BioCongressman Wolf has represented Virginia's 10th District since 1981. Congressman Wolf has represented Virginia's 10th District since 1981. For the last 10 years, the 10th District has been comprised of the counties of Clarke, Loudoun, Frederick and Warren, the cities of Manassas, Manassas Park and Winchester, and parts of the counties of Fairfax, Fauquier and Prince William. However, because of the recent congressional redistricting, Fauquier and Warren will no longer be in the 10th District. There also are changes in Fairfax and Prince William counties. Click here for a breakdown of the new 10th District.
Congressman Wolf serves on the House Appropriations Committee and is the co-chairman of the bipartisan Tom Lantos Human Rights Commission.
Congressman Wolf has been widely - and repeatedly - recognized for his tireless efforts to improve our region's transportation system. Fighting gridlock always will be a top priority. He knows everyone wants to spend less time sitting in traffic and more time with their family and friends.
Congressman Wolf has been involved in nearly every major transportation improvement in the region over the last 25 years, from helping obtain funding for the original 103-mile Metrorail system to improvements on critical commuter routes such as I-66, Route 50, Route 7 and the George Washington Parkway. He is presently working to bring mass transit out the Dulles corridor to Loudoun County and for additional improvements on I-66 outside the Beltway.
In addition to working to ease traffic congestion, highway safety is a priority for Congressman Wolf. He worked with the National Highway Traffic Safety Administration (NHTSA) to develop a child safety video focusing on the proper use of child safety seats, seat belts and air-bag restraints. He also teamed with Mothers Against Drunk Driving to require that all 50 states adopt the same criteria to determine whether or not someone is driving drunk. The national .08 blood alcohol content (BAC) standard is estimated to save at least 500 lives a year.
Protecting our neighborhoods also is important to Congressman Wolf. He was the force behind the creation of the anti-gang task forces operating in our region. These task forces, working across jurisdictional boundaries from Alexandria to Winchester, are making a difference.
Recognizing the need to preserve the Shenandoah Valley's distinct Civil War heritage and expand tourism, Congressman Wolf introduced legislation establishing the "Shenandoah National Battlefields Historic District Commission." The legislation was supported by property owners, local elected officials, historians, preservationists and citizens alike and was signed into law in 1996. An outgrowth of the work of the commission was the creation in 2002 of the nation's newest national park- Cedar Creek and Belle Grove National Park. The park, whose boundaries include approximately 3,000 acres in Frederick, Shenandoah and Warren counties, serves as a model for future national parks because private landowners and organizations continue to live, work and operate within the boundaries and local governments retain control over land use within the boundaries.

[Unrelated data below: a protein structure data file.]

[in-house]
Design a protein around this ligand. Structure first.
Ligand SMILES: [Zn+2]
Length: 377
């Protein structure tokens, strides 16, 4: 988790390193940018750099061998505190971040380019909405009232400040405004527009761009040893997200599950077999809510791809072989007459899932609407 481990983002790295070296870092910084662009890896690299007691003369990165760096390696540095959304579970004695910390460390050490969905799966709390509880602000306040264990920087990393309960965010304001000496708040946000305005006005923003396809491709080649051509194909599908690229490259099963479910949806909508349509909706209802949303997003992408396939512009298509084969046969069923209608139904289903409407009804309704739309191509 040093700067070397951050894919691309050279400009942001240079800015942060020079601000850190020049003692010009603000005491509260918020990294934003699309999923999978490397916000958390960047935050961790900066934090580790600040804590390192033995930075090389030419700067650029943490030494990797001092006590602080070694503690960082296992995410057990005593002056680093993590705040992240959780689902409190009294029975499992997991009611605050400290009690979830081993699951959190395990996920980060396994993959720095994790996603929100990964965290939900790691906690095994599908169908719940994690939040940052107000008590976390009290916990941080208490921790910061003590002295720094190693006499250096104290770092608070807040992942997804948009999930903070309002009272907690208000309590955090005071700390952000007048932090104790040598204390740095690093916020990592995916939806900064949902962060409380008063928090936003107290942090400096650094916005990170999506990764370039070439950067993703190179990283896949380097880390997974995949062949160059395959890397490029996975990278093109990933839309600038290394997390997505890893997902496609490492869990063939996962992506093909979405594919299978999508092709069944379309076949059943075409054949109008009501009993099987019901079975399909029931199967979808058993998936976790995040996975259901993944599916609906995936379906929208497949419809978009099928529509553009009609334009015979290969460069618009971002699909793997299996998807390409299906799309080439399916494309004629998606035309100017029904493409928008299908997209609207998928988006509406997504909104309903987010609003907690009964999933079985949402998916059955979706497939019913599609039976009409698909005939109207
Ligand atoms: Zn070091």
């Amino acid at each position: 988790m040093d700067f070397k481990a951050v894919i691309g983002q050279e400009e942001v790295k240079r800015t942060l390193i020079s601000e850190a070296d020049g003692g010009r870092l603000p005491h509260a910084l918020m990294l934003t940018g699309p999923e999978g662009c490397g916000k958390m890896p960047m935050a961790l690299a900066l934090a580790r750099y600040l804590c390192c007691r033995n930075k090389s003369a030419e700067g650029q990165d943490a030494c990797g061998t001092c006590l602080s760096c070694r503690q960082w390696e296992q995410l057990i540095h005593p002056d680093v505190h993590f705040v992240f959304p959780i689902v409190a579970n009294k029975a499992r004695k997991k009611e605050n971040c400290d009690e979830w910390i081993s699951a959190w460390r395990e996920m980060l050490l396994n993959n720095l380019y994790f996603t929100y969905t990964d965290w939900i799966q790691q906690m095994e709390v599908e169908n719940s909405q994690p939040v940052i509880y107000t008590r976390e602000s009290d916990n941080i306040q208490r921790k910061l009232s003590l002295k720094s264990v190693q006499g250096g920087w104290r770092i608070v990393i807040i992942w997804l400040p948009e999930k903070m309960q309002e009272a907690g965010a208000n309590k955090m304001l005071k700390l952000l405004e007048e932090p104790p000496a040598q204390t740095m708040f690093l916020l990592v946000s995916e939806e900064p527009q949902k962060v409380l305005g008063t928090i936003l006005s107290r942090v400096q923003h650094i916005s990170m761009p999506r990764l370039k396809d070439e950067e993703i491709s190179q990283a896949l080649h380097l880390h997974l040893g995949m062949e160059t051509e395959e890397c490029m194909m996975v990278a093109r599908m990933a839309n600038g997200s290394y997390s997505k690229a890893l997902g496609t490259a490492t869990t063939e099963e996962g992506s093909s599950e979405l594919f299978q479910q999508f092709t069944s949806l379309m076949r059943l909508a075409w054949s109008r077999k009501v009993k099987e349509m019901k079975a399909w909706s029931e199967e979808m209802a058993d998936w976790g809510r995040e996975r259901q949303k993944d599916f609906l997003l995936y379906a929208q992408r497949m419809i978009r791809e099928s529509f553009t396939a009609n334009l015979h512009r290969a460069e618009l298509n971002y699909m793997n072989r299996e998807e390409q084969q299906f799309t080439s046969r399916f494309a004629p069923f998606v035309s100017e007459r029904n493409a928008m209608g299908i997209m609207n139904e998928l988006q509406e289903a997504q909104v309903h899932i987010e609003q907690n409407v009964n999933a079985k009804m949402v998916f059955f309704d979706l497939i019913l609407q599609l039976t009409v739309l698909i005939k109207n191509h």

Congressman Wolf also introduced the legislation that led to the creation of the Journey Through Hallowed Ground National Heritage area, which generally follows U.S. Route 15 from Thomas Jefferson's Monticello in Charlottesville north through Fauquier, Prince William and Loudoun counties across the Potomac into Maryland and up to Gettysburg National Military Park in Pennsylvania. Designation as a National Heritage Area will help support the four-state public/private partnership that has been developed to promote and celebrate the historic and cultural resources along the route.
Congressman Wolf also has a long record of speaking out for the persecuted around the world and is considered one the leading crusaders in Congress for human rights. He has traveled the world to call attention to human rights abuses and religious persecution around the globe.
Congressman Wolf was born in 1939 in Philadelphia, Pennsylvania, where he attended public schools. He received his B.A. degree from Penn State University in 1961 and his law degree from Georgetown University in 1965. Prior to his election to Congress, he was employed on a congressional staff, at the Department of the Interior, and as an attorney. He lives in Vienna with his wife, Carolyn. They are the parents of five grown children.